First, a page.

Mindsets and the learning environment: What environmental and neurobiological factors predict whether trauma-exposed children adopt a growth mindset?
The Mindset Scholars Network launched an interdisciplinary initiative in Fall 2016 to explore how learning environments shape the mindsets students develop about learning and school. The project’s aim is to generate scientific evidence about how educators, school systems, and structures can convey messages to students that they belong and are valued at school, that their intellectual abilities can be developed, and that what they are doing in school matters.
Fourteen projects were awarded over two rounds of the initiative. Funding was generously provided by the Bill & Melinda Gates Foundation, Joyce Foundation, Overdeck Family Foundation, and Raikes Foundation. Seventeen different Network scholars are participating along with over 20 external collaborators. The projects span a wide range of topics, from exploring how teacher practices cultivate learning mindsets and identity safety in K-12 classrooms, to the relationships between learning mindsets and neural processes throughout adolescent development.
This is part of a series of blog posts in which we will hear from the leaders of each of the projects funded in the second round of the initiative to find out more about the questions they are exploring, what they are learning, and how their work is advancing the field of mindset science.
The project, A Neurobiological Investigation of the Relationship between Early Adverse Experiences and Learning Mindsets, focuses on children who have experienced a range of early childhood adversities (e.g., significant caregiver separation, domestic abuse, history of contact with Child Protective Services, foster care or institutional caregiving, living in a warzone).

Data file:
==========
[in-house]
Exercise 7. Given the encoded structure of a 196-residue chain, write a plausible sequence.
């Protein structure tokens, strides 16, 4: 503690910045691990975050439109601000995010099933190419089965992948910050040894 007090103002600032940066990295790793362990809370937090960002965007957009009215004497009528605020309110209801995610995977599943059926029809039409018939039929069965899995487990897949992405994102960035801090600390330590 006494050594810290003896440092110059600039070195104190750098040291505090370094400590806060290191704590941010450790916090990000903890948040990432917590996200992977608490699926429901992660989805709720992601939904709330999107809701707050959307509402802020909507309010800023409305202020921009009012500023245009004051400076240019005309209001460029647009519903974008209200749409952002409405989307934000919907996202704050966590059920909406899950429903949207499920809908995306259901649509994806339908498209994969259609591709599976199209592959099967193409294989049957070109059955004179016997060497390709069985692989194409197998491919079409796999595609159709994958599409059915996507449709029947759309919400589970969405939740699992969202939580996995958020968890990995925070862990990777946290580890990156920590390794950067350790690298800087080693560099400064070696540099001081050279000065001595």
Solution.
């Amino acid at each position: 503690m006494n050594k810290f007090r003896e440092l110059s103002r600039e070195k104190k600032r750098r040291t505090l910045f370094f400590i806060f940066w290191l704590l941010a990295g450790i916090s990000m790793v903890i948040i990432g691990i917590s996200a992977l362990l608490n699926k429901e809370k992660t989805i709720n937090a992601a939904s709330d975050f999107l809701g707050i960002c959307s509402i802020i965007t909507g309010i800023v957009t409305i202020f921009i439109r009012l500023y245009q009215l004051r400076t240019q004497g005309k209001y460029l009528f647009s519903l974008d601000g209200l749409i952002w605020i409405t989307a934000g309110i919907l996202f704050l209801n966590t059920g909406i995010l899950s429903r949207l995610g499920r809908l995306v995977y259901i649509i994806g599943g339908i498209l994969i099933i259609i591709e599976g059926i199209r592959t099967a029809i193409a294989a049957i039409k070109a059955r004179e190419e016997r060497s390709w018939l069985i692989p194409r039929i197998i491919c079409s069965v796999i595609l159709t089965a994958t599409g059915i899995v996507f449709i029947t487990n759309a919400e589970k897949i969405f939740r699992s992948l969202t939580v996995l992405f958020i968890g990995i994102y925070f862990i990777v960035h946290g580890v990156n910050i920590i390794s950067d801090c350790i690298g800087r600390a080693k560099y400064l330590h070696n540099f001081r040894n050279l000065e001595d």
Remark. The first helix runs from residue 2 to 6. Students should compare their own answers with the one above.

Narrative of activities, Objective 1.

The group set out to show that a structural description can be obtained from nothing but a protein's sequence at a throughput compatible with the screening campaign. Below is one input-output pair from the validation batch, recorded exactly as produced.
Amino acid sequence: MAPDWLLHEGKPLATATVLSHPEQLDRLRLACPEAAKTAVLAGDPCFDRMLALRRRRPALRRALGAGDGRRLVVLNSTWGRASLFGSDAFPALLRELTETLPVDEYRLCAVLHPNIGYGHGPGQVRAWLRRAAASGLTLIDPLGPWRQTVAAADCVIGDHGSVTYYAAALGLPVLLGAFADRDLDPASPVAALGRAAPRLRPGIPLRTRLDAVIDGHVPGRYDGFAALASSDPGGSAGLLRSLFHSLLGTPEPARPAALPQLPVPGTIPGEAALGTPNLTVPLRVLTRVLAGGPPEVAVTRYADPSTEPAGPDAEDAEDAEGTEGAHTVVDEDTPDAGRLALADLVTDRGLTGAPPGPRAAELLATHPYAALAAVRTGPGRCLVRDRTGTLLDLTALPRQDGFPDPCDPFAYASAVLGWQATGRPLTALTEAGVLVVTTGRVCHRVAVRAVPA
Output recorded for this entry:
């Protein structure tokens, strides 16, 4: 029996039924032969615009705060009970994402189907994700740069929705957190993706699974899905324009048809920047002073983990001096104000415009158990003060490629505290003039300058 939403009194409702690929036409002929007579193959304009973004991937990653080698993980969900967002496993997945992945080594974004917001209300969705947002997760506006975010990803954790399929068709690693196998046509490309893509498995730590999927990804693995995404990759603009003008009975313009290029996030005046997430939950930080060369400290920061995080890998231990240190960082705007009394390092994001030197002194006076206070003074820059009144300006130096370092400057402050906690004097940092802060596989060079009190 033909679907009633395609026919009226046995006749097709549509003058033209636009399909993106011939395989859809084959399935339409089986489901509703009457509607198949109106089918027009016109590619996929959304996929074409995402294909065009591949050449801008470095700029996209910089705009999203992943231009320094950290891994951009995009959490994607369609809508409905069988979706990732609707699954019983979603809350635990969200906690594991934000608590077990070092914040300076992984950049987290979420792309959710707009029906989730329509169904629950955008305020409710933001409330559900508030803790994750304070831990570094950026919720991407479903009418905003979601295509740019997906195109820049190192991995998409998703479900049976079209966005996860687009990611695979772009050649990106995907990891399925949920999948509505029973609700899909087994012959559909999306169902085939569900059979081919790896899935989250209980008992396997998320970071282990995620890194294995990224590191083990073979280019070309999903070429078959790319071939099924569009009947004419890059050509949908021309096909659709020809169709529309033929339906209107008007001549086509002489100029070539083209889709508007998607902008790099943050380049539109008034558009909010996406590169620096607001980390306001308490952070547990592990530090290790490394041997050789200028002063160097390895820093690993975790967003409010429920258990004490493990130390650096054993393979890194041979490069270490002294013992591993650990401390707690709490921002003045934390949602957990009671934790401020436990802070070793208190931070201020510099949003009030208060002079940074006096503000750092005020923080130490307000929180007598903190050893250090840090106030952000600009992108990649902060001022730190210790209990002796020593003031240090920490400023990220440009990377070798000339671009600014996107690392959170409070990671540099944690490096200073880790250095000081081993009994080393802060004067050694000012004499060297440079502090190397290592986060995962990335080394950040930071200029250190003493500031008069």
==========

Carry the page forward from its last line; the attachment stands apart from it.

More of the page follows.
Early childhood adversity—and the “toxic stress” that can accompany it—has been linked to a range of negative developmental outcomes, including poor academic performance and school dropout. Some children, however, exhibit remarkable resilience. In this project, the researchers are seeking to understand why some children, despite facing adversity, develop a growth mindset about their ability while many of their peers do not.
Who are the members of the research team?
The four members of the research team are well-positioned to provide a multidisciplinary examination of the research questions. Mindset Scholar and principal investigator Andrei Cimpian has expertise in learning mindsets and cognitive and developmental science. Joint principal investigator Nim Tottenham is a developmental neuroscientist. Dr. Kali Trzesniewski has considerable experience in adapting mindset measures for diverse populations of students and is advising the PIs on the construction and administration of a mindset scale for young children. Lastly, Dr. Joseph Cimpian, with expertise in machine learning techniques and econometrics, is advising the PIs on the statistical analysis of the data.